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## Elang 273: Statistics

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### 1. Descriptive Statistics ... 1. Descriptive Statistics. Three ... 1. Descriptive Statistics. How could you depict the data for each of these types? Nominal ... – PowerPoint PPT presentation

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Title: Elang 273: Statistics

1
Elang 273 Statistics
• September 15, 2008

2
Statistics
• The scientific method is defined by
• 1. The research question is empirical
• 2. The data we collect is public
• 3. The data is falsifiable

? But also with this
? Statistics helps most with this
3
Statistics
• Research question Is the word glistening used
more often in one register (as shown in COCA)
than another?

SECTION SPOKEN FICTION MAGAZINE NEWSPAPER ACADEMIC

PER MIL 0.4 12.0 2.8 2.1 0.6
SIZE (MW) 76.6 69.6 78.1 73.4 73.0
FREQ 32 833 219 156 43
How much different do these frequencies have to
be before we can say they are different?
4
Statistics
• Researchers have agreed that if the chance that
the difference between two groups is greater than
a certain percentage, then we will consider the
difference to be statistically significant.
• A significant difference is better than one in
twenty of happening by chance (p lt .05). The
opposite of significance is random chance.

5
Two types of statistics
• 1. Descriptive
• a. nominal (categorical)
• b. ordinal (rank order)
• c. continuous
• 2. Inferential
• a. chi-square
• b. t-tests/ANOVA
• c. correlations
• d. varbrul

6
1. Descriptive Statistics
• These are the types of statistics you are
familiar withshowing means, percentages,
quartiles, usually through bars, pie charts, and
graphs

7
1. Descriptive Statistics
• Three types of data
• Nominal (Categorical) sex, race, national
origin, native speaker, how often you choose one
thing over another, how often a word occurs in
one register versus another
• Continuous height, weight, age, scores on a
language test, IQ, working memory span
• Ordinal (Rank Order) No fixed interval (first,
second, third place in a race)what order people
choose their favorite dialect

8
1. Descriptive Statistics
• How could you depict the data for each of these
types?
• Nominal
• Continuous
• Ordinal (rank order)

9
1. Nominal (Categorical)
Answers to Where is this speaker from? (native
listeners)
10
1. Nominal (Categorical)
correct dialect identification by American
English speakers
11
2. Continuous
12
Native listeners status vs. solidarity
Status RP Birmingham Network NYC West
Yorkshire Alabama
Solidarity RP Birmingham Network New York West
Yorkshire Alabama
13
3. Ordinal (Rank Order)
Coupland Bishop, 2007
14
2. Inferential Statistics
• Chi square
• ANOVA/t-test
• Correlations (rank order correlations)
• Logical regression
• Varbrul

15
2. Inferential Statistics
• For each type of statistics we need to know
• Statistical value (chi value, F statistic, t
statistic)
• Probability value (p value)
• Degrees of Freedom (df)

16
2. Inferential Statistics
• Research question Is the word glistening used
more often in one register (as shown in COCA)
than another?

SECTION SPOKEN FICTION MAGAZINE NEWSPAPER ACADEMIC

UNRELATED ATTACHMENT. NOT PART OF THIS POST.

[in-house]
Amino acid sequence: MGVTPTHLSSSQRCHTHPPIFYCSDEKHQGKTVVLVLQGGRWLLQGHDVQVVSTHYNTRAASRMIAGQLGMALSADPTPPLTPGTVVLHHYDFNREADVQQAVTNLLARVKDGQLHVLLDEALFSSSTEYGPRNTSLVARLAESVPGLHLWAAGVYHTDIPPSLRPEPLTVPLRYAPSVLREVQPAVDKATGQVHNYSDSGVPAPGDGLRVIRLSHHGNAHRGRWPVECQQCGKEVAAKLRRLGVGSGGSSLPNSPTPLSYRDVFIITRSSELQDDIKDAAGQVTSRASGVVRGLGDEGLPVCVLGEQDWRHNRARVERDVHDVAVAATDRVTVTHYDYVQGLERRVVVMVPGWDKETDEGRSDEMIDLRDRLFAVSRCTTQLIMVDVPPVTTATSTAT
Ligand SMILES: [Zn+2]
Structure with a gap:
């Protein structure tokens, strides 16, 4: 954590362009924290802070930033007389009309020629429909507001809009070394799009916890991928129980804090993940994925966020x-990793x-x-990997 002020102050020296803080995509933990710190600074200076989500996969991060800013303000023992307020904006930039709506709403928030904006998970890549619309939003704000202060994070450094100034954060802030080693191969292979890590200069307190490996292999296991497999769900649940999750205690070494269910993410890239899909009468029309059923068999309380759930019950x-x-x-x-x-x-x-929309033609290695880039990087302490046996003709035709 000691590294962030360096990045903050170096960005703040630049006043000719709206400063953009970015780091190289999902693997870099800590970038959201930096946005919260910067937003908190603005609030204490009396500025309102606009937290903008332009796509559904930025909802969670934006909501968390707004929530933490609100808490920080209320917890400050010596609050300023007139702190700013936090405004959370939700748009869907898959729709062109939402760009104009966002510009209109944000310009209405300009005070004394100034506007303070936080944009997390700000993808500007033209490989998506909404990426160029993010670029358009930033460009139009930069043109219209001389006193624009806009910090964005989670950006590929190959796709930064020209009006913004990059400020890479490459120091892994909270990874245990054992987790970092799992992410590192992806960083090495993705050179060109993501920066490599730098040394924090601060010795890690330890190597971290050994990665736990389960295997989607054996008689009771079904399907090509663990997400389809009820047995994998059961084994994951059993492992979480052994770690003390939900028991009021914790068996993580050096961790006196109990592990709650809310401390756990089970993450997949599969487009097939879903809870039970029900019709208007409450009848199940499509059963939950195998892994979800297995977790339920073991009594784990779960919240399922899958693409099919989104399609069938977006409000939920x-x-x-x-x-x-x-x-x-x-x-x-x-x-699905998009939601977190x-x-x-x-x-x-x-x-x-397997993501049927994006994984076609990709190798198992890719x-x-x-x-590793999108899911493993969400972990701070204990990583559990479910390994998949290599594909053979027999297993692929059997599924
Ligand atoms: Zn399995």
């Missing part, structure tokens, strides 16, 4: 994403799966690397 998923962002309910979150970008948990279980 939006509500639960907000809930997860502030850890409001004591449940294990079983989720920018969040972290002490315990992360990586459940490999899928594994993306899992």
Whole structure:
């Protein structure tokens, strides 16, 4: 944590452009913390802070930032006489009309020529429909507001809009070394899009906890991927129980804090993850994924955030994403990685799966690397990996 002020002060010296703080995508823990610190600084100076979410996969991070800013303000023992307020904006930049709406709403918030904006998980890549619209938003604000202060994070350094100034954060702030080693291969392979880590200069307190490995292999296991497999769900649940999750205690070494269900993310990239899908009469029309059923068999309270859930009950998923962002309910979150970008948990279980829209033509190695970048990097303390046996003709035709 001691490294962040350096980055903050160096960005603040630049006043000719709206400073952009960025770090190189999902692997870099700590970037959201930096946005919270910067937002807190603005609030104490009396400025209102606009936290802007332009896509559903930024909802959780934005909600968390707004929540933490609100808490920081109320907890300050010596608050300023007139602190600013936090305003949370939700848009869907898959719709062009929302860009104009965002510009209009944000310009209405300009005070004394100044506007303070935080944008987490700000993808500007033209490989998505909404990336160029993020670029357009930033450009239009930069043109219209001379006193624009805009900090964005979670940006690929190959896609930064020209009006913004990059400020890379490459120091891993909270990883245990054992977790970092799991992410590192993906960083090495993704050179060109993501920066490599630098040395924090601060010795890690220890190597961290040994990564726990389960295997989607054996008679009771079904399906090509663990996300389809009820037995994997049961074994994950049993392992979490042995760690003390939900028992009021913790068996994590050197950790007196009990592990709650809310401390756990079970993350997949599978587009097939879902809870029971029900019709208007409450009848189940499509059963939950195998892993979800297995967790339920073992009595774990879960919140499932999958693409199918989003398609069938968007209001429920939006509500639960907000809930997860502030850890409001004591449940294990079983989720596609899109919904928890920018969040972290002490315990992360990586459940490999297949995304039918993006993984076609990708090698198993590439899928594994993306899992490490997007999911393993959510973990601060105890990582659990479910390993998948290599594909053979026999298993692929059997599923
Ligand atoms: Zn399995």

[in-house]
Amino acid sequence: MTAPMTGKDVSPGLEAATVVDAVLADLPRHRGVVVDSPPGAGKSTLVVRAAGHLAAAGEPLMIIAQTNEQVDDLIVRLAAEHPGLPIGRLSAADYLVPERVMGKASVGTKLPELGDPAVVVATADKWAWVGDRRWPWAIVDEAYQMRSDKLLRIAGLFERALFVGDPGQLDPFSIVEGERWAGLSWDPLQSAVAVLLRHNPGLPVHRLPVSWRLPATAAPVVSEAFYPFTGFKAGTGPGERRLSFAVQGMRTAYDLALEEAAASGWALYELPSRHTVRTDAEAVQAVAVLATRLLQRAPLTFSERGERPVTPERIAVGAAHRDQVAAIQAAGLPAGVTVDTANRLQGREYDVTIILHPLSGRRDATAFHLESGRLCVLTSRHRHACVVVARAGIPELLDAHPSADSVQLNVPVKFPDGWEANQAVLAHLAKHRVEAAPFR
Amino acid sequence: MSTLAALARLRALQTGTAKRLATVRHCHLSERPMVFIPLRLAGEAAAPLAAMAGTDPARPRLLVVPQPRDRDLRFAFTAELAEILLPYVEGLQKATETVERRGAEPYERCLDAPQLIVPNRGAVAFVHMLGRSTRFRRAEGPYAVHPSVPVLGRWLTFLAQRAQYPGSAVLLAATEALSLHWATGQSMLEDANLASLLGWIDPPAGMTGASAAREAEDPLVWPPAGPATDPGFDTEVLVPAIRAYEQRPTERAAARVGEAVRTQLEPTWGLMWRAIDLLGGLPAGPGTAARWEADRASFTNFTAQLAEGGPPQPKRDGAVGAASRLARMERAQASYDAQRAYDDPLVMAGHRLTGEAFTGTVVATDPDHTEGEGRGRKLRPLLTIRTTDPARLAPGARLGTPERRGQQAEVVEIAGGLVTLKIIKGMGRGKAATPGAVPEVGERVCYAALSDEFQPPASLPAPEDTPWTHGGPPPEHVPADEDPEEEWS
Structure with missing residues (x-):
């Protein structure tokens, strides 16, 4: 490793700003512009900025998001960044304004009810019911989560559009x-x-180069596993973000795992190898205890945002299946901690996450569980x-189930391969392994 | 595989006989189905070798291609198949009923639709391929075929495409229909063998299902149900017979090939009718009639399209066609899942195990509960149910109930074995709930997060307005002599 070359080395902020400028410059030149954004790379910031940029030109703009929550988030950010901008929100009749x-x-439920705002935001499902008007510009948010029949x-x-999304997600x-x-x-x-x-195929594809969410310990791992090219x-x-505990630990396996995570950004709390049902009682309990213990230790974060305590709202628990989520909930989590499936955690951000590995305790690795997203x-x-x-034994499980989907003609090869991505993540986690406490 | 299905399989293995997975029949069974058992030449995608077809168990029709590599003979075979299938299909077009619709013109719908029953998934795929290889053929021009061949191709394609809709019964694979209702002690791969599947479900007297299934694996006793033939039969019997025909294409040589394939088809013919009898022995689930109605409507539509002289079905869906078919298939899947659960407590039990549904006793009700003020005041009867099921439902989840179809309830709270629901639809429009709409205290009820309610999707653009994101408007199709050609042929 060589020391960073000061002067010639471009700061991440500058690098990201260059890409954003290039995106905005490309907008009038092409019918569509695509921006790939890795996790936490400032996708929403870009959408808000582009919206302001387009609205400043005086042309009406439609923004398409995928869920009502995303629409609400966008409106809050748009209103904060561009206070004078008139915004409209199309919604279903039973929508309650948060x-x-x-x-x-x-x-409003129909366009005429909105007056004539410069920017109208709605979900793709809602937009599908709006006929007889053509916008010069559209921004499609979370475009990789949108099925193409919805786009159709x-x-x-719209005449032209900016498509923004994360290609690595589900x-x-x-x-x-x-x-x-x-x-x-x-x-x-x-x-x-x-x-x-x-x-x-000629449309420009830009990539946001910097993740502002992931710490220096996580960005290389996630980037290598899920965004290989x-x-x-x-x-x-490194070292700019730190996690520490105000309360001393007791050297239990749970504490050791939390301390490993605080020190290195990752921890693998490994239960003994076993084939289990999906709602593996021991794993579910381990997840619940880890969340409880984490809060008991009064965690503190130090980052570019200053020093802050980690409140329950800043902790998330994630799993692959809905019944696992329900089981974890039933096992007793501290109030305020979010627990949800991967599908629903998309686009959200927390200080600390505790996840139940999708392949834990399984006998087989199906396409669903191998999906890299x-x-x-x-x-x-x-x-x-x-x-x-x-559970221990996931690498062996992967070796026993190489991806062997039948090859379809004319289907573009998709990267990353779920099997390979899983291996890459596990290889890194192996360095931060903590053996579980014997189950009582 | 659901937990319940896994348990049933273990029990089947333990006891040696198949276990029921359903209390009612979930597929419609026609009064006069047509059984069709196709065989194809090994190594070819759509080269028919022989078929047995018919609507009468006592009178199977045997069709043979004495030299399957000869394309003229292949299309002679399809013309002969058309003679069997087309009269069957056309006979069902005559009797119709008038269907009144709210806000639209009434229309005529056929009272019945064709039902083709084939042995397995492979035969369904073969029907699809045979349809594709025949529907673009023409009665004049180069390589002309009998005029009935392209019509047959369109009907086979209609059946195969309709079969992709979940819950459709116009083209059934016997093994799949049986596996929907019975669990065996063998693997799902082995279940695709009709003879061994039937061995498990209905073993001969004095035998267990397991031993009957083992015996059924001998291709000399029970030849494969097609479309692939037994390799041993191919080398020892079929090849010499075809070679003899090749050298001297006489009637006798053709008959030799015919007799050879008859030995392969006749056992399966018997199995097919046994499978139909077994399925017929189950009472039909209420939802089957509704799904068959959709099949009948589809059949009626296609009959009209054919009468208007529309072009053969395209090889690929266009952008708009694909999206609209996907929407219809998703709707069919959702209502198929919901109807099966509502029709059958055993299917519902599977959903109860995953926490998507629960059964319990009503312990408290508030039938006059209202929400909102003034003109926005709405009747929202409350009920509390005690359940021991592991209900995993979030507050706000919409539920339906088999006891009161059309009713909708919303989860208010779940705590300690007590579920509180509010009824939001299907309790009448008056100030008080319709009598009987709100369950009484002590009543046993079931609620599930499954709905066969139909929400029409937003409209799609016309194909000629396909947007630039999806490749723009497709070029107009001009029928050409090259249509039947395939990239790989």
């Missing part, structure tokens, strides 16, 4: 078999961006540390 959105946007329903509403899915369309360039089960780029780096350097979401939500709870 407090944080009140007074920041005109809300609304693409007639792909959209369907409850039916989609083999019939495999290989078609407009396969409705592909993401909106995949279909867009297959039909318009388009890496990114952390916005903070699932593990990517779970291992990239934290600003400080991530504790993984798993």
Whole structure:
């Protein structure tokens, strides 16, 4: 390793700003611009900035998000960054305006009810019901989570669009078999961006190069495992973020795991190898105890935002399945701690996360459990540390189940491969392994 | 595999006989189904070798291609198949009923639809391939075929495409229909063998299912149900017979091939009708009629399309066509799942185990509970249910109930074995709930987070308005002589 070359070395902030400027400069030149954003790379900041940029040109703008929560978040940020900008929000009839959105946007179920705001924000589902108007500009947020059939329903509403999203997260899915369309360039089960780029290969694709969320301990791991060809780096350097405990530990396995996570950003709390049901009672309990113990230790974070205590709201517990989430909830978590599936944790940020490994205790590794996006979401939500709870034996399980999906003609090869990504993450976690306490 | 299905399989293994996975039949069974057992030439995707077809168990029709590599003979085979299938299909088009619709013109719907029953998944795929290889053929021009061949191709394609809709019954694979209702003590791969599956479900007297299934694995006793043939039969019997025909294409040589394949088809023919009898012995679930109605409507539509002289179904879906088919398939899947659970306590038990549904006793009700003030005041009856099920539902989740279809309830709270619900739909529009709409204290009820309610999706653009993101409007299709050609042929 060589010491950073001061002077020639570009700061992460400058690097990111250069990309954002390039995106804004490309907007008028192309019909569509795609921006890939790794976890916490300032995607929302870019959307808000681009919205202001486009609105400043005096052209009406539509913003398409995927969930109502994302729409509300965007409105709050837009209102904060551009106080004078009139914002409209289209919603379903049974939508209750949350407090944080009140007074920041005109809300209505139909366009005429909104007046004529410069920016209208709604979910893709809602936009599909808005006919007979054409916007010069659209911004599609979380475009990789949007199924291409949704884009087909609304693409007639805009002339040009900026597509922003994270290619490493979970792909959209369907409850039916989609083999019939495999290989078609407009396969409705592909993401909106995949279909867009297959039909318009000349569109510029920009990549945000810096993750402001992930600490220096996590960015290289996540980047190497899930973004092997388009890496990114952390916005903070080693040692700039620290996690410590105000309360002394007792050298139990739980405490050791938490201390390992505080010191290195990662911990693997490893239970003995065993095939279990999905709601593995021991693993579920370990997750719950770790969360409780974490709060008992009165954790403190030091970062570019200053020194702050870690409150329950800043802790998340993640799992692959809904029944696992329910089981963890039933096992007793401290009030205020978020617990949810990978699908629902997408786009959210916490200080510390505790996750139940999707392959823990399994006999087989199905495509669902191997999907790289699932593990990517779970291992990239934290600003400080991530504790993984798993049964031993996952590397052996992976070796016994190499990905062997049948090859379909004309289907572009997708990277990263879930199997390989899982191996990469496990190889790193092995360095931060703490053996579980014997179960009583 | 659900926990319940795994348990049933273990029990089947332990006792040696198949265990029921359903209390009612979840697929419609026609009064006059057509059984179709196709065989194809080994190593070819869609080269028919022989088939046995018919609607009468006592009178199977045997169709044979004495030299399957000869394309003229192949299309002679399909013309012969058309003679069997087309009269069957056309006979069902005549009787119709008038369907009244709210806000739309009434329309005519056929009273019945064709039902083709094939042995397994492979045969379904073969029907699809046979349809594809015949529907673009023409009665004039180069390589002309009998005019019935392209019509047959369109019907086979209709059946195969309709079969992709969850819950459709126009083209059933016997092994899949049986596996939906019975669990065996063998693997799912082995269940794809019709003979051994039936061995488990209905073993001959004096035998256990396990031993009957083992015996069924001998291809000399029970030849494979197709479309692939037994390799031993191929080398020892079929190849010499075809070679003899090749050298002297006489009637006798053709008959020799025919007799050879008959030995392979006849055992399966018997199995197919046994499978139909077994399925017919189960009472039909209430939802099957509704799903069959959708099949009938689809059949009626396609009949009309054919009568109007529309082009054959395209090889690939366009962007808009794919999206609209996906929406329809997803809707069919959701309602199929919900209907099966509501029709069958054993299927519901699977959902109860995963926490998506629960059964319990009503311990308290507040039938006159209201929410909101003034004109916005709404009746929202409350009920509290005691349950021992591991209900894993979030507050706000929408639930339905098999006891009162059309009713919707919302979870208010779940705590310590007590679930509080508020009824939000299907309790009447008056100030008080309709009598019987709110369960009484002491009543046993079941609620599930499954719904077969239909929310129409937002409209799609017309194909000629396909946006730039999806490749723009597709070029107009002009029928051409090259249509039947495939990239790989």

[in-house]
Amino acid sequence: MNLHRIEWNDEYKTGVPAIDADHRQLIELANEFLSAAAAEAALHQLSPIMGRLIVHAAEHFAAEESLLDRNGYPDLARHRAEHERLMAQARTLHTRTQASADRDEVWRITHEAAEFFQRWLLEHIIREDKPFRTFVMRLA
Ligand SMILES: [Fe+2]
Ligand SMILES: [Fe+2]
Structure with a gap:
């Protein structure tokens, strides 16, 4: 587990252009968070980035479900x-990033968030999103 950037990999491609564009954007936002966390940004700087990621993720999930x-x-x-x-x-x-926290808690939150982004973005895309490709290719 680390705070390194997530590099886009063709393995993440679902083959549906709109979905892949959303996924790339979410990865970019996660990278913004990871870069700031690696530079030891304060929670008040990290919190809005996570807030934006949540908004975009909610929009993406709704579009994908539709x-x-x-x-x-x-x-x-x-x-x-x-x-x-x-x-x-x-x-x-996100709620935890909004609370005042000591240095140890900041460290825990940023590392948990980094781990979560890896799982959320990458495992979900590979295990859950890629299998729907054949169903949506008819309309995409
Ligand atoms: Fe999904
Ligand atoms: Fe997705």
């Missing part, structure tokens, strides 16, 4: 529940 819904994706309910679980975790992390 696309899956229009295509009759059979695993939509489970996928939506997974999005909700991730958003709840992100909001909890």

PER MIL 0.4 12.0 2.8 2.1 0.6
SIZE (MW) 76.6 69.6 78.1 73.4 73.0
FREQ 32 833 219 156 43
17
2. Inferential Statistics
• Research question Is the word glistening used
more often in one register (as shown in COCA)
than another?
• What kind of data is this?
• Nominal (categorical)
• For this kind of data we use a chi square

18
a. Chi-square
• Tells us whether something happened more often
than chance would predict
• http//www-user.uni-bremen.de/anatol/qnt/qnt_chi.
html
• Use with multiple choice questions, percentage of
time respondents choose specific choice, more
corpora or frequency data

19
a. Chi-square
• Is the distribution into categories random or
not? (Uses counts of nominal data)
• For example, multiple choice questions.
• Jill loves the taste of coffee.
• A-cæfi-186 B-cfi-113 C-cafi-70
• Is 186, 113, 70 really different from what random
choice would give?

20
a. Chi square
• To compute chi square, you need to know what is
observed (the responses you got from your survey,
corpus) and the expected frequencies.
• To calculate expected frequencies, you add up all
the observed frequencies and divide by the number
of data points

Data point 1
Data point 2

Observed
Expected
21
a. Chi-square
• (Invented) frequency of use of dude in four
million word spoken corpora
• US NZ AU UK
• 15 9 11 5
• Random distribution would be

Observed (what the actually did)
US NZ AU UK

US NZ AU UK 10 10 10 10
Expected (what you would expect by random chance)
22
a. Chi Square
• http//www.physics.csbsju.edu/stats/contingency_NR
OW_NCOLUMN_form.html

chi-square 2.77 degrees of freedom
3 probability 0.429
The larger the chi value and the smaller the p
value the more likely that the difference between
the observed and the expected did not occur by
chance
23
a. Chi square
• Practice Is the word glistening used more often
in one register (as shown in COCA) than another?

SECTION SPOKEN FICTION MAGAZINE NEWSPAPER ACADEMIC

PER MIL 0.4 12.0 2.8 2.1 0.6
SIZE (MW) 76.6 69.6 78.1 73.4 73.0
FREQ 32 833 219 156 43
To do this, you need to times each number by 10
and use only whole numbers
24
a. Chi Square
• Results
• chi-square 97.2 degrees of freedom
4 probability 0.000

25
a. Chi square
• More practice
• 1. Multiple choice question Jill loves the taste
of coffee.
• A-cæfi-186 B-cfi-113 C-cafi-70
• did respondents choose number A more often than
the other two choices?
• 2. Identification American Listeners choose the
following choices when asked where is this
speaker from (he was from Birmingham UK)
• London 45 England 25 Scotland 25
Ireland 5

26
Chi-square Homework